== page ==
For many of the 1,800 Delta flight attendants based at Minneapolis-St. Paul International Airport, the upcoming vote to form a union is about more than wages, benefits and work rules. It’s about getting back what they lost after Delta’s merger with MSP-based Northwest Airlines four years ago.
“I’ve lived with a contract and without a contract now,” said Tammy Rustad, a flight attendant from St. Paul with 19 years experience at Delta and Northwest. “For me, I prefer things in black and white.”
Rustad is not alone. At a “meet-and-greet” event hosted in Bloomington last week by the International Association of Machinists, the union vying to represent flight attendants, Rustad and other veterans of Northwest talked about what losing their union meant – and what they stand to gain in the upcoming election.
‘A lot of tears’
Robert Clark remembered hearing the announcement four years ago, in the wake of Delta’s acquisition of Northwest, that flight attendants at the newly organized company had voted to reject union representation. Northwest workers had been members of the Association of Flight Attendants-CWA.
“There were a lot of tears; people were very sad,” Clark said. “I was sad, but it really touched me seeing how many lives it actually affected.”
Clark, who lives in Eagan, has worked as a flight attendant out of MSP for the last 15 years. It’s a career path that would have fizzled early, he said, if it weren’t for his union.
After a passenger filed a complaint based on Clark’s sexual orientation, his employer moved to fire Clark. “The company just wanted to take this person’s word,” he said. “But the union was like, ‘This letter should have gone in the trash.’”
Negotiating for safety
Burnsville resident Laurie Gandrud, a 20-year veteran flight attendant, was quick to itemize flight attendants’ losses in the transition from union Northwest to non-union Delta, from safety provisions and grievance procedures to retiree health insurance and pensions.
In particular, Gandrud hopes regaining a union contract will lead to protections against long workdays on short rest, situations that put safety at risk, she said. “I’m looking forward to safety and health improvements,” she said. “I’m very passionate about getting back what we had and what we lost.”
Gandrud’s passion and enthusiasm is reflective of the grassroots organizing effort, begun just over two years ago. One flight attendant at a time, union activists collected signatures on 12,000 cards – from 60 percent of all Delta flight attendants – asking the National Mediation Board to conduct an organizing election.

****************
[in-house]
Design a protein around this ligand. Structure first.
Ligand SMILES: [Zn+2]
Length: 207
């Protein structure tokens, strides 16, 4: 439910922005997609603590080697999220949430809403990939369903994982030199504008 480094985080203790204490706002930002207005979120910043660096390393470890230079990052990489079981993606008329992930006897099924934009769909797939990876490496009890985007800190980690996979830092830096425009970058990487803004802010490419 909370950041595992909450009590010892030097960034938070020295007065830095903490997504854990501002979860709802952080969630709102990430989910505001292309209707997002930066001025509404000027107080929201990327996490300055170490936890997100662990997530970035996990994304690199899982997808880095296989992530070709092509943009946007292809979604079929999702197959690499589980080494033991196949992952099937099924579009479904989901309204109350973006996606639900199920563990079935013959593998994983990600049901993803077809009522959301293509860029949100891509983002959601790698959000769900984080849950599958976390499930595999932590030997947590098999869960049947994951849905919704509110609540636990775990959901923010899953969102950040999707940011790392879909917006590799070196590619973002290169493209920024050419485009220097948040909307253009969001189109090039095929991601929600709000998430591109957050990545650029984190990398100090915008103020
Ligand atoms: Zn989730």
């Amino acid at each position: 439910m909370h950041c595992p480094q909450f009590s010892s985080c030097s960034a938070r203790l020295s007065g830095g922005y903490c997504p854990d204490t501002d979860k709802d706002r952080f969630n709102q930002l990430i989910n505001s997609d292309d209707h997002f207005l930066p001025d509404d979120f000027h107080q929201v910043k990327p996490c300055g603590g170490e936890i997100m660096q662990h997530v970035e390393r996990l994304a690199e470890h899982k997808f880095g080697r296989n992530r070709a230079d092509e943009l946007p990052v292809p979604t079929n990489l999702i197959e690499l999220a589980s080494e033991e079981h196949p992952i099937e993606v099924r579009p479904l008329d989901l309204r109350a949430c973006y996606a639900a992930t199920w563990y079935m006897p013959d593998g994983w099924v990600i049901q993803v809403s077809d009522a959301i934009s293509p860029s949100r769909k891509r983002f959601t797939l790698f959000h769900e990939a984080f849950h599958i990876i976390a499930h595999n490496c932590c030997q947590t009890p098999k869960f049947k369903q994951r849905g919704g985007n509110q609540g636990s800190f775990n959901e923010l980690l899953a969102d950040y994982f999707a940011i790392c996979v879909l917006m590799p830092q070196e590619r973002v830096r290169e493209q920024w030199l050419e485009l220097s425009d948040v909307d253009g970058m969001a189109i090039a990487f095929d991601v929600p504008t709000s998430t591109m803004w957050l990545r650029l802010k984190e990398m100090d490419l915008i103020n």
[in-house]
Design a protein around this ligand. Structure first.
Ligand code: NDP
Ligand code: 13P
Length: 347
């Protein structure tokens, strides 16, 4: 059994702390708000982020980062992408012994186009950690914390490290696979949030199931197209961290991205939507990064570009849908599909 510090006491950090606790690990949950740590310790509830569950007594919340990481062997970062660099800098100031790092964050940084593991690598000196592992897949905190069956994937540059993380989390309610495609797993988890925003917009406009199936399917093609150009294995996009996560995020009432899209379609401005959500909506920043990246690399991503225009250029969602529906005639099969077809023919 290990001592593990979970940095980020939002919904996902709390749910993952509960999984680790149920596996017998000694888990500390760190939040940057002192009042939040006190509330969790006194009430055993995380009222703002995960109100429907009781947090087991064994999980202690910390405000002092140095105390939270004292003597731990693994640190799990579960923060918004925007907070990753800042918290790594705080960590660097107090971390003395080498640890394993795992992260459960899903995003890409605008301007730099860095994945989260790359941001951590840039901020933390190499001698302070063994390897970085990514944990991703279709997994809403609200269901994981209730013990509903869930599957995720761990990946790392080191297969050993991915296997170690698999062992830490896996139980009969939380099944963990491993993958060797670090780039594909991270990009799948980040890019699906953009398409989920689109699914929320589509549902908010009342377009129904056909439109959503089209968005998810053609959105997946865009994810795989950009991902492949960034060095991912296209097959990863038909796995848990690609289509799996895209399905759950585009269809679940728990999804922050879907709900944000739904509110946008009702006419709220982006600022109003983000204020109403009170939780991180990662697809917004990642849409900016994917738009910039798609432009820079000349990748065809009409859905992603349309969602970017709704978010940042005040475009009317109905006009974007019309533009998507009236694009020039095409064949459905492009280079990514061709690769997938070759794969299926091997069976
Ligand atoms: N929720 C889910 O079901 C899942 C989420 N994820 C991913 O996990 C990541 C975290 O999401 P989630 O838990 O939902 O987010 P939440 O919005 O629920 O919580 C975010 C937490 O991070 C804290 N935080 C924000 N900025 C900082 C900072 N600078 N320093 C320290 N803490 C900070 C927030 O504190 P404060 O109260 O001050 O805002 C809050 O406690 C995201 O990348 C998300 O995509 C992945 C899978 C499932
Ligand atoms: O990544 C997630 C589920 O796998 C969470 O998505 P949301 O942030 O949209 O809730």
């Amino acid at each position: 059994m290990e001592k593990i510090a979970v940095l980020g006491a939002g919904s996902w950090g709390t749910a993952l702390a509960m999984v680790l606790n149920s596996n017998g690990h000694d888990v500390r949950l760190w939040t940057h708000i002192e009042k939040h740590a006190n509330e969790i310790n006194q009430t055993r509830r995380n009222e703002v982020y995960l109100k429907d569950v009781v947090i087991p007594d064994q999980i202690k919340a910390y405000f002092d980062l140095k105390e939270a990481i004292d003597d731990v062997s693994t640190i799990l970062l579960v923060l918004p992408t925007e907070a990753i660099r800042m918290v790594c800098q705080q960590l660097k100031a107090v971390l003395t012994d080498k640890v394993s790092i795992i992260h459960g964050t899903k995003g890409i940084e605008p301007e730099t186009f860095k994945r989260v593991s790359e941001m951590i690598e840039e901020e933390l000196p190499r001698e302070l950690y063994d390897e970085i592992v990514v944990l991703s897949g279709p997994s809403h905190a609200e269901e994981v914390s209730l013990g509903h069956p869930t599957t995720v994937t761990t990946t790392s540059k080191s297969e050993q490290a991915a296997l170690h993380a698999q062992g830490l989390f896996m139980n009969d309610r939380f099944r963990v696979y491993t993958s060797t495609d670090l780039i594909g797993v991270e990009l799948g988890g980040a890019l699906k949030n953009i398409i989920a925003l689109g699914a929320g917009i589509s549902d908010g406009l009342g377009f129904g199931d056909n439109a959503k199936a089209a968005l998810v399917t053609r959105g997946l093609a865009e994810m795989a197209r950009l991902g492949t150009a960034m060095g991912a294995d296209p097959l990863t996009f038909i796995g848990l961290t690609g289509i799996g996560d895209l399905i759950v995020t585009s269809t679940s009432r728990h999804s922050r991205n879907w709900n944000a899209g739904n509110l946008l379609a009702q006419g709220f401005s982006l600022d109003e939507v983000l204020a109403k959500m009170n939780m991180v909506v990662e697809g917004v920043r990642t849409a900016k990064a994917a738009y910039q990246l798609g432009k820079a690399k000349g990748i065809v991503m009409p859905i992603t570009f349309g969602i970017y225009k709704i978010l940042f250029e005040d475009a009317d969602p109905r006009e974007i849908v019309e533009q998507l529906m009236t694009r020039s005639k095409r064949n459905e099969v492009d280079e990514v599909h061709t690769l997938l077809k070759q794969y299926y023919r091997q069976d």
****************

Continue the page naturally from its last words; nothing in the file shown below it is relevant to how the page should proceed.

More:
Rustad, who was part of a delegation that delivered the 12,000 cards to the NMB in Washington D.C., called the organizing effort a “large accomplishment,” especially given that flight attendants don’t share a common worksite. “These are people most of us have never met or seen face to face,” she said.
Industry leader, or industry standard?
Flight attendants at the meet-and-greet reported that anti-union mailings already have begun arriving in their mailboxes, as Delta attempts to discourage the organizing campaign.
But Angie Brewer, a 25-year veteran of Delta, said the co-workers she talks to are not likely to change course. Most Delta flight attendants, Brewer said, see disparities between their wages, benefits and work rules and those of flight attendants at other airlines – and they look to collective bargaining as the equalizer.
“We’re the No. 1 airline, and I believe that,” Brewer said. “We outrank all the other airlines in terms of passenger service and customer satisfaction. We have been turning huge annual profits.
“But as flight attendants, we have been told our work rules, wages and benefits are ‘industry standard.’ I believe we should lead the industry too.”
Clark agreed: “If it wasn’t for us, the company wouldn’t be making all this money,” he said. “We’re the face of Delta. We’re the ones face-to-face with the passengers. It’s important they share that by pay and benefits across the board, otherwise it’s a slap in the face.”
Union wave at Delta?
Other workers at Delta – notably the pilots, who enjoy better work rules and sick leave than flight attendants – have used collective bargaining to improve their working conditions, and Rustad anticipates the flight attendants’ vote will be the first in a wave of union victories at the Atlanta-based carrier.
“When we do win the vote, I expect Delta will be at the negotiating table, ready to go,” Rustad said.
“Delta keeps telling us we’re the world’s best employees,” she added. “I’d love to be compensated and treated as such.”